Wednesday, 11 May 2011 15:44
The knowledge of events about North Borneo is important since it will widen the understanding of the social, cultural, economic and political history of North Borneo which has relevance to the past, present and future economic and political development of the people of Sulu Sultanate.
North Borneo now called Sabah was a land with no community, no overall administration, no state economy, no state government, only mountains, jungles, rivers, the surrounding seas, and isolated villages scattered around its tropical, and warn equatorial land. According to Brunei sources, it was Sultan Bulkiah (ca. 1500) who extended Brunei territories to North Borneo by conquest.
The villages in the interior plains and the fertile hinterlands, at the river mouths, and the coastal areas had existed for a long time before the Sultan of Brunei ceded the North Borneo territory to the Sultan of Sulu in 16th century. The interior land of North Borneo was populated by indigenous tribes called the Kadasans, Dusuns, Rungus, Orang Sungei and Muruts, while the coastal areas were inhabited by the Bajaus and Orang Suluk (meaning people from Sulu).
Other indigenous people that lived in the interior of North Borneo were the Booloodoopy, Doompas, Eraans, Roongas, Kooroories, Umpoolooms, Saga-Sagas, Tambunuas, Tingaras, Roomanous and Tegaas. Those indigenous tribes never developed any concept of a state of kingship. They lived in a small tribal groups, physically separated from each other by the nature of the terrain of North Borneo.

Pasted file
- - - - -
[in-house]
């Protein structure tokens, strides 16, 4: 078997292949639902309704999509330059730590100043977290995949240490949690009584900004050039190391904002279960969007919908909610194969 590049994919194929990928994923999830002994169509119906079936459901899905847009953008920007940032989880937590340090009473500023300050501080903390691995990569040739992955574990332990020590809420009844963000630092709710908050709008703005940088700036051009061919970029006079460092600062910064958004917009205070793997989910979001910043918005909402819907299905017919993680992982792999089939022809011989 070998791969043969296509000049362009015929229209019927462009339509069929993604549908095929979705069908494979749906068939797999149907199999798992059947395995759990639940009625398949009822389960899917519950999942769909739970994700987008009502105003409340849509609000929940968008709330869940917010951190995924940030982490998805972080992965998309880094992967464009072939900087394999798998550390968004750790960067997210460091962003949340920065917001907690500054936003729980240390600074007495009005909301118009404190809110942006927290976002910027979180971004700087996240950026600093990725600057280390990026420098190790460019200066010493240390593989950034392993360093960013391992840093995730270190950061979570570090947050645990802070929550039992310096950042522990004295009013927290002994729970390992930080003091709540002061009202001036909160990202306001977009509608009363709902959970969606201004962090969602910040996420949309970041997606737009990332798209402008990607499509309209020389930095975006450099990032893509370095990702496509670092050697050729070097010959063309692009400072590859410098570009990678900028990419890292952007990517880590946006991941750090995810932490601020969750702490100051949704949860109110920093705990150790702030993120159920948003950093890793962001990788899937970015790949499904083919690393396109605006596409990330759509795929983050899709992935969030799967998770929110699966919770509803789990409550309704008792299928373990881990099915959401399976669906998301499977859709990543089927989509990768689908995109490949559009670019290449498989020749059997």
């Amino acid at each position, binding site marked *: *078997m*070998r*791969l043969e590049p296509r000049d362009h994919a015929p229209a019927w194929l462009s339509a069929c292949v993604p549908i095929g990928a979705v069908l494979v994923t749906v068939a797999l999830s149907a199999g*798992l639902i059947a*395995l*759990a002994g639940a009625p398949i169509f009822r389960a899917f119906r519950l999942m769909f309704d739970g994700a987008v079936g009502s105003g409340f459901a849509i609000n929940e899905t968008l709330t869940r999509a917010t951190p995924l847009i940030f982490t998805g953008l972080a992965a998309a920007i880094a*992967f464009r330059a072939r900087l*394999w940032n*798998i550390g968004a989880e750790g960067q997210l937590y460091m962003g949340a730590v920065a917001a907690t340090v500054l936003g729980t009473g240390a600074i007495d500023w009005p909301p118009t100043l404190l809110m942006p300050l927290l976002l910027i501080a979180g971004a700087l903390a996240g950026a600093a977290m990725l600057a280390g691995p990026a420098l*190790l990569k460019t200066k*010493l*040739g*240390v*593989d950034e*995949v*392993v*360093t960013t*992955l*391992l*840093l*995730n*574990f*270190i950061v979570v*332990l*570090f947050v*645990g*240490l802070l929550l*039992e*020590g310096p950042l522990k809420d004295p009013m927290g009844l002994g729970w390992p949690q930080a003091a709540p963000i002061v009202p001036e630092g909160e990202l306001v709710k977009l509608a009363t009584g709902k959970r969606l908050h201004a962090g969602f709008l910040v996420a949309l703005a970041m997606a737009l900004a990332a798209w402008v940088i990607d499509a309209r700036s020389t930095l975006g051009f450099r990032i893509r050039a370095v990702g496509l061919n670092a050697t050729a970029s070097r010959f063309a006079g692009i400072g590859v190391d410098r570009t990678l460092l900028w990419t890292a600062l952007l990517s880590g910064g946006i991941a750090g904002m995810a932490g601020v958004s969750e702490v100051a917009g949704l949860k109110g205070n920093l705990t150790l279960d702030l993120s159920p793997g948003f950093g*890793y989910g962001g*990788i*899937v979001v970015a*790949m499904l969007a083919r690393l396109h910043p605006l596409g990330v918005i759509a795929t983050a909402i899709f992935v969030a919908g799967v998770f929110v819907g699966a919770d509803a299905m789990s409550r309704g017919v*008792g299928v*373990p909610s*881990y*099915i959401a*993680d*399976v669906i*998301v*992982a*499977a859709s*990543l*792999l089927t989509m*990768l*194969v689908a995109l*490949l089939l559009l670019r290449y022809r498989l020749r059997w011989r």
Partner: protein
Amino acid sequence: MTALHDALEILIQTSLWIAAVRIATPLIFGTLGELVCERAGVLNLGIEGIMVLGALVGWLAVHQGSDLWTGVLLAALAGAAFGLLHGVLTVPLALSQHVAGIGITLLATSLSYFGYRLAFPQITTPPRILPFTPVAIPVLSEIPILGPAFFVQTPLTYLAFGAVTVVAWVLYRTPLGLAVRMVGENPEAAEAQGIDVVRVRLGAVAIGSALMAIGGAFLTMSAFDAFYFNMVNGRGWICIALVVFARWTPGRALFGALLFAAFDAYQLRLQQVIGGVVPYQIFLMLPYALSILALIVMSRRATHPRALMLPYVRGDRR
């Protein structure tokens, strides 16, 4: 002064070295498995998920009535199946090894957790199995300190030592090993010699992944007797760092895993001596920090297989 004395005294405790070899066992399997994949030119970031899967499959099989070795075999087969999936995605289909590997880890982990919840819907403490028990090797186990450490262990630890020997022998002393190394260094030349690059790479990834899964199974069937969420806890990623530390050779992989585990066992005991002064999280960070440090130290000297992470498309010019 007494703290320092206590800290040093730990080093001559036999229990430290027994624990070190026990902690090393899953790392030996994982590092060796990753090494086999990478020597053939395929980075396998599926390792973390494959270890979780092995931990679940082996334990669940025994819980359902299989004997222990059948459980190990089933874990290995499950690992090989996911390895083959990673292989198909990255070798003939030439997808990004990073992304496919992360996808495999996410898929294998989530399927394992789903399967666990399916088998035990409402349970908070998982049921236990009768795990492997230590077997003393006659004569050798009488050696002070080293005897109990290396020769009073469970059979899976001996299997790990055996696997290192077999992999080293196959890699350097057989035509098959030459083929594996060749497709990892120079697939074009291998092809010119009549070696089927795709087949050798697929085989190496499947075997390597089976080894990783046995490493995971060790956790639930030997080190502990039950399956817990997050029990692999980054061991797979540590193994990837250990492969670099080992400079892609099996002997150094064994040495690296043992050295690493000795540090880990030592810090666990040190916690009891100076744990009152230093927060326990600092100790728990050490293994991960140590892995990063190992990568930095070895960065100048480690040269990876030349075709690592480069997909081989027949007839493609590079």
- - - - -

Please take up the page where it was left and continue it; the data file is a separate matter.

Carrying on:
Early in November 1865, the American Trading Company set up a settlement of about 62 Americans and 60 Chinese laborers on the Kimanis river in North Borneo. Soon after, the University of London Press reported the population percentages of indigenous was 68%; Chinese was 23% and Europeans and others was 9%.
In 1901 records show that the Chinese population has risen by 41% because from 1880’s big groups of Chinese immigrants came to North Borneo that caused the natives to complain to the local government of their illegal entries. The 1911 census revealed that the Dunsuns indigenous tribe still constituted 1/3 of the total populations of North Borneo. The Chinese had by this time became the second largest settlers, with Muruts placed third and Badjaus including Orang Suluk placed fourth. There were also records showing small percentage of the Javanese and Bugis immigrants. The overall number of populations in North Borneo or Sabah belong to the Malay race or locally called “Malayo”, except the Chinese settlers who are not Malay race since their place of origin is not part of Malay Peninsula.
Nowadays, the Chinese residents in Sabah are working for U.N. referendum for the Sabah independence from the Malaysia federal government. The elections of the local officials in Sabah is fast approaching. The Orang Suluk are continuously harassed to get out from Sabah because they are opposed to the move of Sabah Independence.
By Datu Albi A. Julkarnain
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